The BrainShare Network also offered both wired and wireless users Internet access via an XO Communications 45 Mbit/s feed into the Salt Palace. (See Figure 2.) The XO Internet connection made it possible for attendees to browse the Web and to send email messages to and receive them from anyone in the world. (For more information about XO, see www.xo.com.)
Figure 2: The BrainShare Network 2004 was powered by Linux. Servers ran Novell SUSE LINUX Enterprise Server 8.2. Workstations ran SUSE LINUX 8.2 Professional, Novell Ximian Desktop 2 (XD2) and Novell Evolution. Evolution served as the messaging client to the Novell GroupWise 6.5 for Linux cluster on the network's backend.
Monkey on the Front
The Internet feed to the show also provided an electronic route from the Salt Palace to Web servers at Novell Provo offices, which hosted WingateWeb Conference 3.5 software.
WingateWeb specializes in software solutions for managing enterprise-level corporate conferences and events. Touted by WingateWeb as the most powerful event management software available today, Conference 3.5 facilitated online registration for BrainShare 2004 and was the source of several BrainShare Network services. (Check out the demo of Conference 3.5 on the WingateWeb site at www.wingateweb.com.)
To deliver these services, WingateWeb personnel loaded the BrainShare Network workstations with SUSE LINUX 8.2 Professional. With a few exceptions, WingateWeb then installed and configured the basic version of Novell Ximian Desktop 2 (XD2) on top of this SUSE LINUX foundation. (You can download this version of XD2 free of charge from www.ximian.com/download.) A Linux desktop environment based on GNU Network Object Model Environment (GNOME), XD2 features a familiar interface. (See Figure 3.) If you check out Figure 3, you'll see that WingateWeb set up the desktops with Novell-red wallpaper, accenting the lower right with the Novell, SUSE LINUX and Ximian icons, which linked to the respective Web sites.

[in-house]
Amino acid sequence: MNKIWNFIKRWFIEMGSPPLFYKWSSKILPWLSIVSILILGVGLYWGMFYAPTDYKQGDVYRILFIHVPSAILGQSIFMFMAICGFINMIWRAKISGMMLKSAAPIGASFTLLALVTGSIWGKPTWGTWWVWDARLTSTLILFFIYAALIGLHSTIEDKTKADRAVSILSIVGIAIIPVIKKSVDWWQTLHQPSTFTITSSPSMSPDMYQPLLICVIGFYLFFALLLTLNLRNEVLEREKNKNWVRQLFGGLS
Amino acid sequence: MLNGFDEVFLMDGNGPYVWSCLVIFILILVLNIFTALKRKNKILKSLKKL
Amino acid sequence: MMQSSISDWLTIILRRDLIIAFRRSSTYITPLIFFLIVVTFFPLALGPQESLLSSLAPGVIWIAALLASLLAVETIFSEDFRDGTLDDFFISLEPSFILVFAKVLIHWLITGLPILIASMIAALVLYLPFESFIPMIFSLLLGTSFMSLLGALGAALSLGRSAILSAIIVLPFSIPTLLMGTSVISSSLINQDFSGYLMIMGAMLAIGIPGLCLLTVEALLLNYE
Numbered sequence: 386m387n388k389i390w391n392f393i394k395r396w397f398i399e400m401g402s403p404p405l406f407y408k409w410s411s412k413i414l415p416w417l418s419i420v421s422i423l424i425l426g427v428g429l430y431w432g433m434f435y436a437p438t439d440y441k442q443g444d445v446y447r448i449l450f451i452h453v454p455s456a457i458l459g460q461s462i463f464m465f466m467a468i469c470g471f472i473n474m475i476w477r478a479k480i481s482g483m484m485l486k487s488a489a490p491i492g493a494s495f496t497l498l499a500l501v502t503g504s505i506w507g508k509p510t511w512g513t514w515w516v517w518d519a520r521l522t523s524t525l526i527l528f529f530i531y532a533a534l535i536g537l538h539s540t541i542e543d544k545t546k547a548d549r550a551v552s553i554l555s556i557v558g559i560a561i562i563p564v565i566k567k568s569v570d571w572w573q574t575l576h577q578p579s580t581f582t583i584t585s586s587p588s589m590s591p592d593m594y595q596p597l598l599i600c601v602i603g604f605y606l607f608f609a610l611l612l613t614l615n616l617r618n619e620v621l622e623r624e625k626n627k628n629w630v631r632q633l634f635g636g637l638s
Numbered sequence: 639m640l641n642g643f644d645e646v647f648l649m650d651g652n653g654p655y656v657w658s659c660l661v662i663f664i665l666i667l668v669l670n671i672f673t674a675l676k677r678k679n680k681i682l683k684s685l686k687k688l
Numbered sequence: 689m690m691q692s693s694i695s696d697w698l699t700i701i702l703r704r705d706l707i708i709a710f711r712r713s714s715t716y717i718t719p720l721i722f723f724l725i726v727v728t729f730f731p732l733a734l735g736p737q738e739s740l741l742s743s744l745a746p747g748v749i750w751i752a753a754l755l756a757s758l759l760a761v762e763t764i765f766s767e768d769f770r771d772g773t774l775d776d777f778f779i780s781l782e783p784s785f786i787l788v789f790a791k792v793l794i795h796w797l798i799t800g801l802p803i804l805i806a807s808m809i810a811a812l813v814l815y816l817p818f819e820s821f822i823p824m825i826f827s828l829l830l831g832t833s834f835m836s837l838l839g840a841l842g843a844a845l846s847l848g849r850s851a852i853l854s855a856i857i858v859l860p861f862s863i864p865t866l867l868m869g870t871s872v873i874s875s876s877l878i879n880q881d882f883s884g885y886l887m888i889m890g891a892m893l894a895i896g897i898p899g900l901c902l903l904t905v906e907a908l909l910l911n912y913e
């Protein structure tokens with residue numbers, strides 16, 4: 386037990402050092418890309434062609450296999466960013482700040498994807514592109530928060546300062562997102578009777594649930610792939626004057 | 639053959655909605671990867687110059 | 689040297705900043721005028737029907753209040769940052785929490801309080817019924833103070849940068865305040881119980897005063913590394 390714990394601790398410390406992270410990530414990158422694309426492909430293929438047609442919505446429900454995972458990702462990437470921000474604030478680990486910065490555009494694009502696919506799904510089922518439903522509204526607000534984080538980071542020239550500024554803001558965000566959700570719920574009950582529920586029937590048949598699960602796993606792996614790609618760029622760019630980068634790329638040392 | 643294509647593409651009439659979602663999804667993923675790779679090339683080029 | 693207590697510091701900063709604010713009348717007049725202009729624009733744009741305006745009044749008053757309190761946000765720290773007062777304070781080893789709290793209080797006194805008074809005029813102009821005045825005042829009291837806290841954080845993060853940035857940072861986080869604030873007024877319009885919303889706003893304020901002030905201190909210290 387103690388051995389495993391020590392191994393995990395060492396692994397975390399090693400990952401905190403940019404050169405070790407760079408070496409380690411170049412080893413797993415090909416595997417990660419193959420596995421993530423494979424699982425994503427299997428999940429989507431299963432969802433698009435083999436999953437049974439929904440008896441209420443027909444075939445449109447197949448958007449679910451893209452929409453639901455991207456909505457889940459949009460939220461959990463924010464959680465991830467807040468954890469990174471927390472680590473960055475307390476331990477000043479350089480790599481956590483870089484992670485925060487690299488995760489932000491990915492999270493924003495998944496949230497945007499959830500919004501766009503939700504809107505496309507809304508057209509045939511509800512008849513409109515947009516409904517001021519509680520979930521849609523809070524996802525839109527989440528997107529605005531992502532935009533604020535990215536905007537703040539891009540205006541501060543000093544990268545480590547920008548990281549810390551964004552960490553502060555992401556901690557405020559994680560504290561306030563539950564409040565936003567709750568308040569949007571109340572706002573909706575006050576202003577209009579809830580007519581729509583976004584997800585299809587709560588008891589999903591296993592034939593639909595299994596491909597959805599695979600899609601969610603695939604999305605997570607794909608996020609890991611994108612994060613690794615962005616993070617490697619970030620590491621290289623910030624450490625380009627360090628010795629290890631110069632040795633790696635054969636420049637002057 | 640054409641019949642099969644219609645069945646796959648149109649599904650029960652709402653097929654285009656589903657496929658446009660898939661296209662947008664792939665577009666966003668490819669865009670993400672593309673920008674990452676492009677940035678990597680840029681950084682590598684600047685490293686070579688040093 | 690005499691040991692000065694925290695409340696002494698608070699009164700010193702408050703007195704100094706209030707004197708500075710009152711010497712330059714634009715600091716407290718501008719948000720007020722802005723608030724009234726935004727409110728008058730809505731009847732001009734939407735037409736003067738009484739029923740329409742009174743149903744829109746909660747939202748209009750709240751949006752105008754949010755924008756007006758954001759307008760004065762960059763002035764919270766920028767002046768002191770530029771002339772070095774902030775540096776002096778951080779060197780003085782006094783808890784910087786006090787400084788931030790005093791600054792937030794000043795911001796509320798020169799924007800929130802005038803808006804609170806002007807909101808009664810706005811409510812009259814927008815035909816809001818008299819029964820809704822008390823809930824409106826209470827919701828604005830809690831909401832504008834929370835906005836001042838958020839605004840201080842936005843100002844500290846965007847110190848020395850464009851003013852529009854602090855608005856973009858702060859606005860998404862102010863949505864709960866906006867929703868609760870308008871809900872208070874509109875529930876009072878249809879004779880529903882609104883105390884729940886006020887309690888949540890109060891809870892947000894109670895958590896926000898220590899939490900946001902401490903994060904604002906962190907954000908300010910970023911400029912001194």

WingateWeb also created shortcuts to My Computer and Trash (areas on the computer to which this Windows-based generation has come to expect access). More important, they created shortcuts to BrainShare Network services, including BrainShare e-mail and BrainShare Session Scheduler.
Figure 3: On the BrainShare Network workstations, WingateWeb loaded Novell Ximian Desktop 2 (XD2). WingateWeb configured the XD2 familiar interface to display Novell-red wallpaper accented with Ximian, Novell and SUSE LINUX hyperlinked icons as well as shortcuts to various BrainShare services.
Figure 4: BrainShare attendees who accessed their BrainShare e-mail account from the BrainShare Network workstations used Novell Evolution for the job. Novell Evolution, included with Novell Ximian Desktop 2 (XD2), offers everything you would expect from a groupware program.
The Evolution Revolution
BrainShare attendees who accessed their BrainShare e-mail accounts from the BrainShare Network workstations used Novell Evolution 1.4 for the job. (For more information, see www.novell.com/products/evolution.) Evolution is a well-known personal and workgroup information management solution for Linux and Unix systems.